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Protein restores learning, memory in Alzheimer’s-model mice

Posted: Tuesday, December 14, 2010 · Volume: XLIII · Issue: 25

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Salvatore Oddo, Ph.D., is senior author on the new Alzheimer
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Salvatore Oddo, Ph.D., is senior author on the new Alzheimer's disease research paper published in Proceedings of the National Academy of Sciences.clear graphic

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Contact: Will Sansom, 210-567-2579

SAN ANTONIO (Dec. 13, 2010) — Scientists at the UT Health Science Center San Antonio restored learning and memory in an Alzheimer’s disease mouse model by increasing a protein called CBP. Salvatore Oddo, Ph.D., of the university’s Department of Physiology and Barshop Institute for Longevity and Aging Studies, said this is the first proof that boosting CBP, which triggers the production of other proteins essential to creating memories, can reverse Alzheimer’s effects.

The finding, reported this week in Proceedings of the National Academy of Sciences, provides a novel therapeutic target for development of Alzheimer’s medications, Dr. Oddo said. Alzheimer’s and other dementias currently impair 5.3 million Americans, including more than 340,000 Texans.

Alzheimer’s pathology
In patients with Alzheimer’s disease, accumulation of a protein called amyloid-β (Aβ) blocks memory formation by destroying synapses, the sites where neurons share information. Autopsies of the brains of some Alzheimer’s patients also reveal tangles caused by a protein called tau.

Enhancing CBP does not alter the Aβ or tau physiology but operates on a different recovery mechanism: It restores activity of a protein called CREB and increases levels of another protein called brain-derived neurotrophic factor (BDNF).

Enhancing signals
“One way by which CBP could work is by setting off a domino effect among proteins that carry signals from the synapse to the nucleus of the neuron,” Dr. Oddo said. “Getting signals to the nucleus is necessary for long-term memory.”

A viral vehicle
The research team engineered a harmless virus to deliver CBP to the hippocampus in the temporal lobe. The hippocampus is the brain’s key structure for learning and memory. At 6 months of age, when the CBP delivery took place, the specially bred mice were at the onset of Alzheimer’s-like deficits. Learning and memory were evaluated in a water maze that required mice to remember the location of an exit platform. The mice treated with CBP were compared to diseased mice that received only placebo and to normal, healthy control mice.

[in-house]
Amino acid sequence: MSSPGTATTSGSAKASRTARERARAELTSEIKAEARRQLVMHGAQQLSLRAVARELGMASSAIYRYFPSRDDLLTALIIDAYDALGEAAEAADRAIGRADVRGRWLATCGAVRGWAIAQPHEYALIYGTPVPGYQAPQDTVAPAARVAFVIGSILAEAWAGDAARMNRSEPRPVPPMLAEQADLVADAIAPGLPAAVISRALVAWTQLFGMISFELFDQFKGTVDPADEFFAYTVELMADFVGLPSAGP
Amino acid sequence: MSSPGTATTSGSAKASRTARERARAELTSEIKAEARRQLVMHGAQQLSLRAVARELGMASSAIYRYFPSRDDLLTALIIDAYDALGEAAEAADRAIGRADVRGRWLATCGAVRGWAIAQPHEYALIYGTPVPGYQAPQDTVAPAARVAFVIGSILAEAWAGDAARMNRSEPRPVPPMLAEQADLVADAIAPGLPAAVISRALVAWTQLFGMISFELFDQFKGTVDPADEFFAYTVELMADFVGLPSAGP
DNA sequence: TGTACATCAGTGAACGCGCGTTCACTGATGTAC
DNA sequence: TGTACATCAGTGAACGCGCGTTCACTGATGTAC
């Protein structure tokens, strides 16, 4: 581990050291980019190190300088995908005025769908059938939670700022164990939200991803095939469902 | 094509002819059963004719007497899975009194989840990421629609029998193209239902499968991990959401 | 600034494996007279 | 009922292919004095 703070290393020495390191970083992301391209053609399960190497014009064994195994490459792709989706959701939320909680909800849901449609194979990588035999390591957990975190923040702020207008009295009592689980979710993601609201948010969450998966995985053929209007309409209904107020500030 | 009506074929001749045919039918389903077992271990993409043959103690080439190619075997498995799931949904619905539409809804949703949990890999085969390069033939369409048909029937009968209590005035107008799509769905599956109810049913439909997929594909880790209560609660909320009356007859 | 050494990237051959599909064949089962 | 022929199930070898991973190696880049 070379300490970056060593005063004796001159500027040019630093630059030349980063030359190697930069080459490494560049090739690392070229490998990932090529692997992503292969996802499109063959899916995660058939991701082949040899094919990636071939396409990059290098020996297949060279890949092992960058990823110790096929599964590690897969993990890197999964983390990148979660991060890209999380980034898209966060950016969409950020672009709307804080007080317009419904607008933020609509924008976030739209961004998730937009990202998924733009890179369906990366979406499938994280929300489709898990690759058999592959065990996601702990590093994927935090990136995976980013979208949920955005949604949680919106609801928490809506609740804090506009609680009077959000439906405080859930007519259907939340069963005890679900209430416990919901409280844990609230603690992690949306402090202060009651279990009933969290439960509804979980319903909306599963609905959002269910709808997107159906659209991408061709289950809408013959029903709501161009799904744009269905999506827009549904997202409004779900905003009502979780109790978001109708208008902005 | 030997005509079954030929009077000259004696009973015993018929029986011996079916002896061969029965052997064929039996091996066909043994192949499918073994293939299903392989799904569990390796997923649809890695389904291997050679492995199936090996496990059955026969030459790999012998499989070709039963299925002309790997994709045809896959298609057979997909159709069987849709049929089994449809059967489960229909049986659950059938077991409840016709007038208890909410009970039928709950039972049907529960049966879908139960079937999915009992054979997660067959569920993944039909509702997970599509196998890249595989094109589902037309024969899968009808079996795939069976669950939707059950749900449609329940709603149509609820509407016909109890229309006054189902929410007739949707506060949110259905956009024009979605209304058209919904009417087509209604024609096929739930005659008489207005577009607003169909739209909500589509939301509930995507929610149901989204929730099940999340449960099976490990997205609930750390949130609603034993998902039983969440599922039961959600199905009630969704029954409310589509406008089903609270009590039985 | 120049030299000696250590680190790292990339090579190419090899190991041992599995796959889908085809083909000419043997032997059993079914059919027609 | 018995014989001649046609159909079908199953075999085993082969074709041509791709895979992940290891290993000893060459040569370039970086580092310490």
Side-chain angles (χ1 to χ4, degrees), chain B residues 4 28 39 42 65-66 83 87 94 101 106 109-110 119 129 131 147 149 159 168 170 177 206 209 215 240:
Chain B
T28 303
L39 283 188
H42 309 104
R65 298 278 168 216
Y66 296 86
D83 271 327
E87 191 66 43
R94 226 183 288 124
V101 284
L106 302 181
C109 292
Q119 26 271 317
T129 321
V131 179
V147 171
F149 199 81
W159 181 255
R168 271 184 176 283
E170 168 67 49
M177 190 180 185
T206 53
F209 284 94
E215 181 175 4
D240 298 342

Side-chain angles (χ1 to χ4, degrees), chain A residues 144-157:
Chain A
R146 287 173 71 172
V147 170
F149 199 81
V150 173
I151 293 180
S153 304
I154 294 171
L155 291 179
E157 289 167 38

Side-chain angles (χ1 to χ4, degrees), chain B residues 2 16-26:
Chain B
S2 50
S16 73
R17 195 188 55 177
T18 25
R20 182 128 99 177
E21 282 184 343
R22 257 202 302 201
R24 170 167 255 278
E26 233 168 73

Identical to healthy mice
Efficiency in escaping the maze served as signs of learning and memory. In the Alzheimer’s mouse model, performance of the Alzheimer’s mice treated with enhanced CBP was identical to the healthy mice, whereas the placebo-treated Alzheimer’s mice lagged far behind.

Acknowledgments
A grant from the U.S. National Institute on Aging supported the study. Co-authors are Antonella Caccamo (first author), Monica Maldonado, Alex Bokov, Smita Majumder and Salvatore Oddo (senior author). All are from the UT Health Science Center San Antonio Department of Physiology except Dr. Bokov, who is in the Department of Epidemiology and Biostatistics. All are Barshop Institute for Longevity and Aging Studies members.

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The University of Texas Health Science Center at San Antonio, one of the country’s leading health sciences universities, ranks in the top 3 percent of all institutions worldwide receiving National Institutes of Health (NIH) funding. Research and other sponsored program activity totaled a record $259 million in fiscal year 2009. The university’s schools of medicine, nursing, dentistry, health professions and graduate biomedical sciences have produced approximately 26,000 graduates. The $744 million operating budget supports eight campuses in San Antonio, Laredo, Harlingen and Edinburg. For more information on the many ways “We make lives better®,” visit www.uthscsa.edu.

 
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